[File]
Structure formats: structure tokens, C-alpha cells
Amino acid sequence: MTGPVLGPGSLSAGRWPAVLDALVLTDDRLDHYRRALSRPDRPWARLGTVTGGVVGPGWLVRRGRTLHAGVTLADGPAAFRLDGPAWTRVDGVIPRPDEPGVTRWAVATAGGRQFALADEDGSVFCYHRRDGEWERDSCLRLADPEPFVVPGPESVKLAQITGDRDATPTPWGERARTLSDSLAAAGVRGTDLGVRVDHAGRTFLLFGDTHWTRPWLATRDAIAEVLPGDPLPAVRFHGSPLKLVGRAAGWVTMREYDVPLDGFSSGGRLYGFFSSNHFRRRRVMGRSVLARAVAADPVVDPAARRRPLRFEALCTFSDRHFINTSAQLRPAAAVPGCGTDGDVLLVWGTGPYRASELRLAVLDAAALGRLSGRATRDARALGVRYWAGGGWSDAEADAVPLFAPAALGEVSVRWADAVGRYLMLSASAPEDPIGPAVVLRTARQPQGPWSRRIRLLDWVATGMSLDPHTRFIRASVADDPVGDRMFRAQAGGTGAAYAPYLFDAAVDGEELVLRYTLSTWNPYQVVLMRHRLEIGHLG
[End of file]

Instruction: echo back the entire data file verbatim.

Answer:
Structure formats: structure tokens, C-alpha cells
Amino acid sequence: MTGPVLGPGSLSAGRWPAVLDALVLTDDRLDHYRRALSRPDRPWARLGTVTGGVVGPGWLVRRGRTLHAGVTLADGPAAFRLDGPAWTRVDGVIPRPDEPGVTRWAVATAGGRQFALADEDGSVFCYHRRDGEWERDSCLRLADPEPFVVPGPESVKLAQITGDRDATPTPWGERARTLSDSLAAAGVRGTDLGVRVDHAGRTFLLFGDTHWTRPWLATRDAIAEVLPGDPLPAVRFHGSPLKLVGRAAGWVTMREYDVPLDGFSSGGRLYGFFSSNHFRRRRVMGRSVLARAVAADPVVDPAARRRPLRFEALCTFSDRHFINTSAQLRPAAAVPGCGTDGDVLLVWGTGPYRASELRLAVLDAAALGRLSGRATRDARALGVRYWAGGGWSDAEADAVPLFAPAALGEVSVRWADAVGRYLMLSASAPEDPIGPAVVLRTARQPQGPWSRRIRLLDWVATGMSLDPHTRFIRASVADDPVGDRMFRAQAGGTGAAYAPYLFDAAVDGEELVLRYTLSTWNPYQVVLMRHRLEIGHLG